March 9, 2010 - By Michelle Brandt
We’ve all heard references to “senior moments,” but does growing older have to mean also becoming forgetful? Stanford University School of Medicine’s Victor Henderson, MD, doesn’t think so, and he is investigating ways to prevent memory loss among seniors.
In a new study, Henderson and colleagues are testing whether specific group activities can impact cognitive function. The researchers are now looking for older adults to participate in their pilot study.
Previous studies have shown that performing certain physical and mental activities and engaging in social activities may help lower the risk of mental decline among seniors. Last year, for example, research presented at the American Academy of Neurology’s annual meeting showed that older adults who read books, played games and did craft activities were 30 to 50 percent less likely to develop memory loss compared with people who didn’t engage in those activities.
Henderson, a professor of health research and policy and of neurology and neurological sciences, has long been interested in risk factors and therapies for dementia and age-related cognitive decline. For this work, he decided to compare the potential memory-boosting benefits of tai chi, a Chinese martial arts form that has been called “mediation in motion;” guided autobiography writing, during which participants produce a written record of their past; and seminars focused on healthy aging. “We were looking for innovative activities that would be engaging and somewhat complex,” said Henderson. “The focus is on having participants learn a new skill or something useful.”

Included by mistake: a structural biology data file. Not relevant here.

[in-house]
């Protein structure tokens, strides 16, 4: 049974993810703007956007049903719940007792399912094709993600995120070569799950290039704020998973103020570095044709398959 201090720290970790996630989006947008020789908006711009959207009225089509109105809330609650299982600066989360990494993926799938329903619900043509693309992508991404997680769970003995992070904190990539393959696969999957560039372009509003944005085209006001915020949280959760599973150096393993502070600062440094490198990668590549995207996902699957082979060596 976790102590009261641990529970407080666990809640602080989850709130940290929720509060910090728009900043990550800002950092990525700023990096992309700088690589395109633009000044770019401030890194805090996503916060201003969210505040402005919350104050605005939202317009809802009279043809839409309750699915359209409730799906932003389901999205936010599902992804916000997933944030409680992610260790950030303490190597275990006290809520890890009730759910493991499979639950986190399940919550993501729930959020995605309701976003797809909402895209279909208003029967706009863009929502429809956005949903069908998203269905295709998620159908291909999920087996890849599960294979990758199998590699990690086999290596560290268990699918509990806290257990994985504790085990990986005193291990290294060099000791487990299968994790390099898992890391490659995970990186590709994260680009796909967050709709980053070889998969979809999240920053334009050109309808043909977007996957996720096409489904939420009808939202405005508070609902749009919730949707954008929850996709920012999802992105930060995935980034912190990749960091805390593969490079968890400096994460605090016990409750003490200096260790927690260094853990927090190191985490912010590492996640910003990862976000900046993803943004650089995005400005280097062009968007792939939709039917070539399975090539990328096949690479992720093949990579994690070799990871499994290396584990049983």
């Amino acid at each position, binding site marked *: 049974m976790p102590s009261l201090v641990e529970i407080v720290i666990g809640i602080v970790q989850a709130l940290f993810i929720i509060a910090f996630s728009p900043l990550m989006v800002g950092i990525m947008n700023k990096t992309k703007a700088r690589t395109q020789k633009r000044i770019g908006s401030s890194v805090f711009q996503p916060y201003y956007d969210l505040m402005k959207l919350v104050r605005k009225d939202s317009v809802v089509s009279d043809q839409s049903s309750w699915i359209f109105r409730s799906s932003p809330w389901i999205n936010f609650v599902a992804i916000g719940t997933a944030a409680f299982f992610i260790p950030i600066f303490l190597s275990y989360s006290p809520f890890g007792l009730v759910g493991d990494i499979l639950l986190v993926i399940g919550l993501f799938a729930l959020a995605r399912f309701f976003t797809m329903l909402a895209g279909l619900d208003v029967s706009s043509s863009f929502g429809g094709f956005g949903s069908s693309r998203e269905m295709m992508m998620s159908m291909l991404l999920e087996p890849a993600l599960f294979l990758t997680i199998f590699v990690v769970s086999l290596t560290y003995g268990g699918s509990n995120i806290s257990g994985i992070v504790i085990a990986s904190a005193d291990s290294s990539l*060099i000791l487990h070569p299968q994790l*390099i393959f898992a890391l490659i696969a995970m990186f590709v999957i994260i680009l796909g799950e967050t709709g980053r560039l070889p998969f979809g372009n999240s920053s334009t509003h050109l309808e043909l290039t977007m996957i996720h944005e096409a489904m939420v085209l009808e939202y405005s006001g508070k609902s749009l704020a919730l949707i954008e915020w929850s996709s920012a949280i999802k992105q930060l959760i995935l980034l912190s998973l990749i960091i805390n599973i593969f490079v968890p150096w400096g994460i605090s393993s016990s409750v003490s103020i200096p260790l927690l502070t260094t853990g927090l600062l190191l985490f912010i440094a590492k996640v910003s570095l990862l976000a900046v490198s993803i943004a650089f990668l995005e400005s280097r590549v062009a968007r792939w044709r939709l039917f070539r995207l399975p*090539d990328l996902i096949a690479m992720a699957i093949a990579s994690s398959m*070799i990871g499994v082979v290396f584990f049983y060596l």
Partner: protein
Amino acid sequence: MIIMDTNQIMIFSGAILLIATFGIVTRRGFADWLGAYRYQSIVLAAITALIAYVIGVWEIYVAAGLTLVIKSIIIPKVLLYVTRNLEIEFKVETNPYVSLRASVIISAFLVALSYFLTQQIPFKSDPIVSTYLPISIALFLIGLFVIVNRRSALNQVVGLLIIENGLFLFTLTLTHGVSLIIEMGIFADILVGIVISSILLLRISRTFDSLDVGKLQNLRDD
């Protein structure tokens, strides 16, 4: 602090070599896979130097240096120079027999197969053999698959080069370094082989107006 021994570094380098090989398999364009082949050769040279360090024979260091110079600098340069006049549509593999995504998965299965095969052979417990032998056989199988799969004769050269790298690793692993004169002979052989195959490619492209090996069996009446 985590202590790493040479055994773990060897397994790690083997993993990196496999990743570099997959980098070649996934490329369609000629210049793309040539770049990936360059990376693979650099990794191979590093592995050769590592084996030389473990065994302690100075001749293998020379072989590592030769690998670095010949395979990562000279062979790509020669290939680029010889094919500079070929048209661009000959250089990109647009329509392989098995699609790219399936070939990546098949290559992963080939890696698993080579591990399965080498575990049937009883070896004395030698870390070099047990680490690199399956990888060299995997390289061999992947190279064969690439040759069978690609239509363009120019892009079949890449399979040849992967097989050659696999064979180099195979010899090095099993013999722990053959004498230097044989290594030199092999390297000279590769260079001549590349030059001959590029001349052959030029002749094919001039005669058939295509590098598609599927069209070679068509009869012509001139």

Anecdotal evidence suggests that tai chi can help improve memory, and a small Stanford study also showed it might boost mental capacity. But, Henderson said, this study marks the first time that tai chi, or guided writing, have been looked at in this context.
During the study, 108 healthy adults over the age of 70 will be randomized to participate in tai chi or guided autobiography writing, attend a weekly session on healthy aging, or do a combination of tai chi and writing. Participants will attend group sessions for the first six months and, if assigned to tai chi or writing, encouraged to continue the practice at home with scheduled phone calls. They will be assessed in the beginning of the study, and again at six and 12 months.
If results from this pilot study appear promising, Henderson said, he plans to conduct larger trials on the specific intervention.
Participants in this study must be age 70 or older with a relatively inactive lifestyle. They must be able to travel to Stanford for classes and must not be limited in their ability to participate in light exercise or to write. Adults with dementia are not eligible for the trial. Those interested in volunteering or obtaining more information about the trial should call (650) 721-3308 or e-mail Acefirstname.lastname@example.org.
About Stanford Medicine
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